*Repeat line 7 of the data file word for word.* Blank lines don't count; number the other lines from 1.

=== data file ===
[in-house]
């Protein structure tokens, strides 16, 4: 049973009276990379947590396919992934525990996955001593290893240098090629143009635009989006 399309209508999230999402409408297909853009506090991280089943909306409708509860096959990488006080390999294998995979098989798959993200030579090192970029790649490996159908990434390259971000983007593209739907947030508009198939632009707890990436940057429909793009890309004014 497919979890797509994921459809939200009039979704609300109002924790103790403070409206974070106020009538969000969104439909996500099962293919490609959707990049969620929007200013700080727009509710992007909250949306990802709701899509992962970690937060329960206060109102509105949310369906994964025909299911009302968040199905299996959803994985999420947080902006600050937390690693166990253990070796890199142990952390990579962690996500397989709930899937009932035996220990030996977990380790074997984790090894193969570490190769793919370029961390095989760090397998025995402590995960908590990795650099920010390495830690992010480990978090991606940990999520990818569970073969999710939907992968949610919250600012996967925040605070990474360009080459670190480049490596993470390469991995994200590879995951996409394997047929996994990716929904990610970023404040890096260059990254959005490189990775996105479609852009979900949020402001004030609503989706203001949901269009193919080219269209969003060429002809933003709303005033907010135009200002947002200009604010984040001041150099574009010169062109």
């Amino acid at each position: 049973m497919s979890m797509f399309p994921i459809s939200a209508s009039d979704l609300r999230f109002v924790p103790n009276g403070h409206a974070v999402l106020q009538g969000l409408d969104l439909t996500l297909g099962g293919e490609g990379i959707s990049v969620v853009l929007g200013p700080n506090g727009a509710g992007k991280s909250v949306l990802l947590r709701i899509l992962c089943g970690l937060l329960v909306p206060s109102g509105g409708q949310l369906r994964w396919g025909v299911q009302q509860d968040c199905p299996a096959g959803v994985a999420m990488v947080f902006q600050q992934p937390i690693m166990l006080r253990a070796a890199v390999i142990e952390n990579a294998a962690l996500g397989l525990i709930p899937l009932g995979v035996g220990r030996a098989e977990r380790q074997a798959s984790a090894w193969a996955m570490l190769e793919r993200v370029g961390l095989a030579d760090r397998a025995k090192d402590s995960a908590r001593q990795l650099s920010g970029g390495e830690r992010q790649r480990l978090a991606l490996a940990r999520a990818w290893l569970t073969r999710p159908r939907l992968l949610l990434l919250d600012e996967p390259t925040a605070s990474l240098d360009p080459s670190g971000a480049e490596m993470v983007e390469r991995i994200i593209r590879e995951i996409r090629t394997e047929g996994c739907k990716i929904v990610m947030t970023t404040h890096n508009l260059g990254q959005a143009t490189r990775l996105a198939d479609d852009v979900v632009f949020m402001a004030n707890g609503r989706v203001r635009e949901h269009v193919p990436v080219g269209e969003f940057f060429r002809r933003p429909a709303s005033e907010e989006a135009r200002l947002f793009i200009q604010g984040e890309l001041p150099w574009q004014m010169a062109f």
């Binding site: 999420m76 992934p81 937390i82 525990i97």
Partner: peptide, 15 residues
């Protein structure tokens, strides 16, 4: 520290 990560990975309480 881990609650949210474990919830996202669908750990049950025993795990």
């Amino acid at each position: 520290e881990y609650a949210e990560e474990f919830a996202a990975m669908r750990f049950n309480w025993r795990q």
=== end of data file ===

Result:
């Amino acid at each position: 520290e881990y609650a949210e990560e474990f919830a996202a990975m669908r750990f049950n309480w025993r795990q």